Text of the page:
A security hole in Sun Microsystems Inc.'s Sun One and iPlanet Web servers can allow an attacker to launch a denial of service attack on the server and to run attack code of his or her choice, according to a security alert released Friday by eEye Digital Security Inc.
Using a specially formed request employing chunked transfer encoding, an attacker can cause a buffer overflow on the Web servers, which will crash them, according to a separate security alert released by Sun. This can allow an attacker to run malicious code, Sun said. Chunked transfer encoding is a feature allowing applications to maintain persistent connections without knowing the length of the expected content.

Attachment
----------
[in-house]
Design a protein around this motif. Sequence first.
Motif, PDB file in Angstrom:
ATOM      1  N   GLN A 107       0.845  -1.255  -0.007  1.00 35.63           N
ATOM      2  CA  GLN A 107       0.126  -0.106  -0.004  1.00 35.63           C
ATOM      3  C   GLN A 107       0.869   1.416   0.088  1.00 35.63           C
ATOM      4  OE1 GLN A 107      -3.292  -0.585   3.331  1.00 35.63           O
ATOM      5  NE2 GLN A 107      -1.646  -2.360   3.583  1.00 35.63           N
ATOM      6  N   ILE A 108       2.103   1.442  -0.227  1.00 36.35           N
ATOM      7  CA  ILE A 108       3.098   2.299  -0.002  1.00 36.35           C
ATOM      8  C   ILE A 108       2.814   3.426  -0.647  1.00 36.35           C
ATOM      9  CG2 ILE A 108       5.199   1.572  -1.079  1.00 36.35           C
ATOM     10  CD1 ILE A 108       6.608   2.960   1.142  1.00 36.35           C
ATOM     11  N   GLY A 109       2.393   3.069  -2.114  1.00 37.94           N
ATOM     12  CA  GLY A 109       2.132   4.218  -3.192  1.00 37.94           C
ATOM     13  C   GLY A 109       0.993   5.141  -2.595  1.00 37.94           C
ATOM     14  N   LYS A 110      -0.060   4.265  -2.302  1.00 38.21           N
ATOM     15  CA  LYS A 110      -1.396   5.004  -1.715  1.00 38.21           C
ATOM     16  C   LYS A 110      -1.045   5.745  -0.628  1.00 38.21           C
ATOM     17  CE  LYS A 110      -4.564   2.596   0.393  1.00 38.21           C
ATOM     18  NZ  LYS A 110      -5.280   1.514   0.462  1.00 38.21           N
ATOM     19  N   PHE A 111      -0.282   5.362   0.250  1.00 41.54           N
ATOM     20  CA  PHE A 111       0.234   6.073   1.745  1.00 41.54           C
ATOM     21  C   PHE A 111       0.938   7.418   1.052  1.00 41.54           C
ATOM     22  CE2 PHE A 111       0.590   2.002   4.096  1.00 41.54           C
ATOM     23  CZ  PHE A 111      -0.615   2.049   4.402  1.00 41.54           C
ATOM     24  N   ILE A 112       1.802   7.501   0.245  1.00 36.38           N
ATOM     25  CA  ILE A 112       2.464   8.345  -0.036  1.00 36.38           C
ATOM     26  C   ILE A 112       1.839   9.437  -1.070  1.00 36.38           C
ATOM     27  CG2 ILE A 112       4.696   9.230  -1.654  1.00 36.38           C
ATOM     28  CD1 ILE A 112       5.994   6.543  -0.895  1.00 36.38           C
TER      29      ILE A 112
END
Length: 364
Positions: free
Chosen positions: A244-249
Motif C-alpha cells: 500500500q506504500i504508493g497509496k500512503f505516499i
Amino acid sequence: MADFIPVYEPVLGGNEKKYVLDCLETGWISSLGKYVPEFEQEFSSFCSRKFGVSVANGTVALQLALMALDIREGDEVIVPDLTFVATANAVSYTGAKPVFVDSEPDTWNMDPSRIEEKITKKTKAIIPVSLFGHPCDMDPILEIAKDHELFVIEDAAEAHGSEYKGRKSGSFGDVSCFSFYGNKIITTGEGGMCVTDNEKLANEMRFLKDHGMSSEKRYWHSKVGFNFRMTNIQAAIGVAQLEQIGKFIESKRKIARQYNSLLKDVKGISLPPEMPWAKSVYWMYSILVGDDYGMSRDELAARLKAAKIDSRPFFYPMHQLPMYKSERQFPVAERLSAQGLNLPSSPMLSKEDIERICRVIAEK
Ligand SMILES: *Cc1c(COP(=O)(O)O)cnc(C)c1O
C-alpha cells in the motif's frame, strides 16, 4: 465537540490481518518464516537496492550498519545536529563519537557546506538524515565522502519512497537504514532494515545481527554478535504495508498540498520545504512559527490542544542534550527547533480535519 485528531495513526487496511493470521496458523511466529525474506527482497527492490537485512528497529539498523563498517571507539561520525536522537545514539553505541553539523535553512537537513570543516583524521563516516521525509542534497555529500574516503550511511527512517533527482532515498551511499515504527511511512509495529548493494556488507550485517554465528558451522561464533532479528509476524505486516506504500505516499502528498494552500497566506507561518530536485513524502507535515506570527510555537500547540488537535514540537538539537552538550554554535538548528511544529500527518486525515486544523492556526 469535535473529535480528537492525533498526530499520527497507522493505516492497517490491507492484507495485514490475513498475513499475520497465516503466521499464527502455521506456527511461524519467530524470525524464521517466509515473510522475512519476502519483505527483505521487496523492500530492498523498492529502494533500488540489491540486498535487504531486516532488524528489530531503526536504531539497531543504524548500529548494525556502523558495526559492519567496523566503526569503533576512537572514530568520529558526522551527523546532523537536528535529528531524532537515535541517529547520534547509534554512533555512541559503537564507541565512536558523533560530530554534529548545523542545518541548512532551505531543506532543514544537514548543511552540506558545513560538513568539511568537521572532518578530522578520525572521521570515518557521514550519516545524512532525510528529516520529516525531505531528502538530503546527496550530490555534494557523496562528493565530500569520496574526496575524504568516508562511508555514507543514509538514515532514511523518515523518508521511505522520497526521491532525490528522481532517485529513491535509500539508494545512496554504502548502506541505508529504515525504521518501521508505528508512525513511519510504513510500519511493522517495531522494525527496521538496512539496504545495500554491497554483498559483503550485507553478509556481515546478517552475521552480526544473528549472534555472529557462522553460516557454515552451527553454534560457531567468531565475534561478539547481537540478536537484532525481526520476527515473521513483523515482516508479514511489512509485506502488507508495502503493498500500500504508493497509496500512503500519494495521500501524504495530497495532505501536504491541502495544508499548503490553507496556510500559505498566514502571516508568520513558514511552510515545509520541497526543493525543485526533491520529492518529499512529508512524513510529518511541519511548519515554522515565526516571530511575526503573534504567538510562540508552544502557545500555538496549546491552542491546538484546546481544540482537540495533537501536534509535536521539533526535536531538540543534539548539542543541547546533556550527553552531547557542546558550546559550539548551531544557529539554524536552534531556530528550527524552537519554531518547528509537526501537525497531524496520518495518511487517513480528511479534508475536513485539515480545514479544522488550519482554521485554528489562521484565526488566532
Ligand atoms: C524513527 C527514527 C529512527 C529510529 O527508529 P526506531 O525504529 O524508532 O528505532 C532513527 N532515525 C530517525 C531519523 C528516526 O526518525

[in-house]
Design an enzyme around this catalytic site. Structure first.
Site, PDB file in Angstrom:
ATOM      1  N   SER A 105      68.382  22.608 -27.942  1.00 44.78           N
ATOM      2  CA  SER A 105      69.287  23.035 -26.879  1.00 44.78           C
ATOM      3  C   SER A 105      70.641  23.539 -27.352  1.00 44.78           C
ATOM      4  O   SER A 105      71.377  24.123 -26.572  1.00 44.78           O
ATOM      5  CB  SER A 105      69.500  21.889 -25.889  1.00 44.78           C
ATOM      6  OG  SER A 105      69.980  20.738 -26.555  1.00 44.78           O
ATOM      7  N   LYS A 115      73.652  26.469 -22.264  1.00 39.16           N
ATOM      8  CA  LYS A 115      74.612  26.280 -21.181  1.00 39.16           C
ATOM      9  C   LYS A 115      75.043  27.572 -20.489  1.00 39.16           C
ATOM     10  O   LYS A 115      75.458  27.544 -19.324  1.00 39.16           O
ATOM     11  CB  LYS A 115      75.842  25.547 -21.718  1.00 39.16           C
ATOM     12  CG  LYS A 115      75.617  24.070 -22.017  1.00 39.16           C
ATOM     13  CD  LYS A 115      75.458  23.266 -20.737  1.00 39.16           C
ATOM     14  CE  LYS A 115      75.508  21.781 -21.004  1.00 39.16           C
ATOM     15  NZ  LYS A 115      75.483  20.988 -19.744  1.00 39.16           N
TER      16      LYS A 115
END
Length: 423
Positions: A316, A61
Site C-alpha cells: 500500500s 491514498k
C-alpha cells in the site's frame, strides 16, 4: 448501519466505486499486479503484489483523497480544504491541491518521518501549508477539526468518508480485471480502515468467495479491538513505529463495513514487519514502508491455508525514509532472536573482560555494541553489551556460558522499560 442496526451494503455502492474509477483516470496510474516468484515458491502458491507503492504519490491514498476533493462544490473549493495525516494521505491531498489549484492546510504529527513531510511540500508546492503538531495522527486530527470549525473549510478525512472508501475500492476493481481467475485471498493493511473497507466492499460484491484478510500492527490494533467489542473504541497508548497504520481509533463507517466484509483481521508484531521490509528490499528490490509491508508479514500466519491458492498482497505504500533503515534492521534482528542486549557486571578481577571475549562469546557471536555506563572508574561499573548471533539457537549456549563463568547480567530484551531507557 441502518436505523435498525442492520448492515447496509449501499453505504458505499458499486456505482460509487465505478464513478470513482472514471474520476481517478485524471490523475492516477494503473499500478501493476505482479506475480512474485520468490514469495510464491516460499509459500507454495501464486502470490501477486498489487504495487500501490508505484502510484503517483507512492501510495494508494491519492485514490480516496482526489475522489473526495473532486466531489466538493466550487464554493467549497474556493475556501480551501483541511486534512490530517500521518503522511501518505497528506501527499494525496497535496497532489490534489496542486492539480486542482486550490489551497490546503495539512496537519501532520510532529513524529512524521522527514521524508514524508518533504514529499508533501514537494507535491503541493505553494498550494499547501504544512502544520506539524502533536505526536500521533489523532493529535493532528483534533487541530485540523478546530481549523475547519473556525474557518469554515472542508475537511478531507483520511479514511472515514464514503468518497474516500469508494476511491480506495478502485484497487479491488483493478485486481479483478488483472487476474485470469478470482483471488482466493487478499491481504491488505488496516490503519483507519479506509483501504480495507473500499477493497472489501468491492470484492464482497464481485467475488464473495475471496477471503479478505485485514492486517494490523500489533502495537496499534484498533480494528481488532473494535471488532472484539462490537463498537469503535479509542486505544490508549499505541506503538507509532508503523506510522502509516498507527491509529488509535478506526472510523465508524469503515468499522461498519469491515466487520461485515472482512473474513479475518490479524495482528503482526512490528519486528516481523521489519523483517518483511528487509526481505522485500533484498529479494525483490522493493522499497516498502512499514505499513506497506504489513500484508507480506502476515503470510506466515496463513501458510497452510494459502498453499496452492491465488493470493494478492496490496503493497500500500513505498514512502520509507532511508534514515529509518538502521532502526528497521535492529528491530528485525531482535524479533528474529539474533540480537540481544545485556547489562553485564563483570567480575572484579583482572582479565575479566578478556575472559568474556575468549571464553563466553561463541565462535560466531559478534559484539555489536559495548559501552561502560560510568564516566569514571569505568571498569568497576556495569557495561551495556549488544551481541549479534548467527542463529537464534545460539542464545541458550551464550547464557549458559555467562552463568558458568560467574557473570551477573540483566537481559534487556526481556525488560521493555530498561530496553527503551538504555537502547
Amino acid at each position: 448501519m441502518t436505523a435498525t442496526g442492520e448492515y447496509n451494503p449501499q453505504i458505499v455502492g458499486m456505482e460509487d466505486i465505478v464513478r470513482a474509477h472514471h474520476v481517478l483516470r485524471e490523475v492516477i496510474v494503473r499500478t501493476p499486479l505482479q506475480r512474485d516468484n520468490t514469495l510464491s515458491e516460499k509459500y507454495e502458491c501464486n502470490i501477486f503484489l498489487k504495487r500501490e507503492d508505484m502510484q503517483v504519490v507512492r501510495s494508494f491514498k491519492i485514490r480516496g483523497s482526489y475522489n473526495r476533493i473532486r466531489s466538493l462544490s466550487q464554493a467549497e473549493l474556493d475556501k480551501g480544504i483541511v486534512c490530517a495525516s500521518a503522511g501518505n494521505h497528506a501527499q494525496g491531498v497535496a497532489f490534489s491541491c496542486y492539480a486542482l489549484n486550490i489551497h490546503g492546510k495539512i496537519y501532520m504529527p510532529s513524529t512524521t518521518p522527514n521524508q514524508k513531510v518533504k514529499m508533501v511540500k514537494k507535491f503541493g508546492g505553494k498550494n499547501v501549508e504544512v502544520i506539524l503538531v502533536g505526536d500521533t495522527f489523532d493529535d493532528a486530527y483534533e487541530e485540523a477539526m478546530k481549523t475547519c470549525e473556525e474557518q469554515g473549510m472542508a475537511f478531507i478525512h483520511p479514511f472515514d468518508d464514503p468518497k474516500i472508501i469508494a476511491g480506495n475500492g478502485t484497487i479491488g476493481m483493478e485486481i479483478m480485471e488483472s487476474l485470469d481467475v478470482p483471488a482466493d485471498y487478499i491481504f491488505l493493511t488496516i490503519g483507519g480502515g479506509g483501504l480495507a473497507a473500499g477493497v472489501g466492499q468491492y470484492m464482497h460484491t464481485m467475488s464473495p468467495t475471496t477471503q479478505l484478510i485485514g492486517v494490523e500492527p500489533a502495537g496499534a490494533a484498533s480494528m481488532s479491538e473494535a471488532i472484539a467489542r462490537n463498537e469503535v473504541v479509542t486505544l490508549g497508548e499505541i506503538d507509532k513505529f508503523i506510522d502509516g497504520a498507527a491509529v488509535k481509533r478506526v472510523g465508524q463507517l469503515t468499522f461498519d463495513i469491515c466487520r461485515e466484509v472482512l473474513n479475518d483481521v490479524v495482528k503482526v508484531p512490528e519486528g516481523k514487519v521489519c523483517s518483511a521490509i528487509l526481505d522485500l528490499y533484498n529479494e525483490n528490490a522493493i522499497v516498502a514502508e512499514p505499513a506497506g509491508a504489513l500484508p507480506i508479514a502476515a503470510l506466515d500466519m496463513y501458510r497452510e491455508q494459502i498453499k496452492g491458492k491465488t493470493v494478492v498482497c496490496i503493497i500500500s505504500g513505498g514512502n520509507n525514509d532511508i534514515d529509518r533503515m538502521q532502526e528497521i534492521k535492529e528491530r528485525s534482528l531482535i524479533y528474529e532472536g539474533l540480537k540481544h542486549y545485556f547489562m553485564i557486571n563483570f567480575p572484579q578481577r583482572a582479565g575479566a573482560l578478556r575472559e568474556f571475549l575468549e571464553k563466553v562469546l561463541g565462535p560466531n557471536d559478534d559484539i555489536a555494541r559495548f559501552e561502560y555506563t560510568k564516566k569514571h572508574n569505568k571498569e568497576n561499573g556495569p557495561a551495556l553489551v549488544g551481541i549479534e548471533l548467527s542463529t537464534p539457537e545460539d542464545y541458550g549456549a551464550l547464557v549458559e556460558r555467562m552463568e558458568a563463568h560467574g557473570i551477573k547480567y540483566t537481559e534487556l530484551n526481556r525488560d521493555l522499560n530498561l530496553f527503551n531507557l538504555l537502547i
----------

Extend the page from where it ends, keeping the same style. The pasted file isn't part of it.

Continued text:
The vulnerability is remotely exploitable, meaning that an attacker who does not have physical access to the machine can launch an attack on affected systems.
The flaws affect iPlanet Web server 4.1 and Sun One Web server 6.0, according to the alerts.
Sun has released both a work around and service packs that fix the problem. Links to those downloads, as well as more information about the vulnerability, can be found at http://www.sun.com/service/support/software/iplanet/alerts/transferencodingalert-23july2002.html.
Another vulnerability involving chunked encoding was discovered in the Apache Web server in June.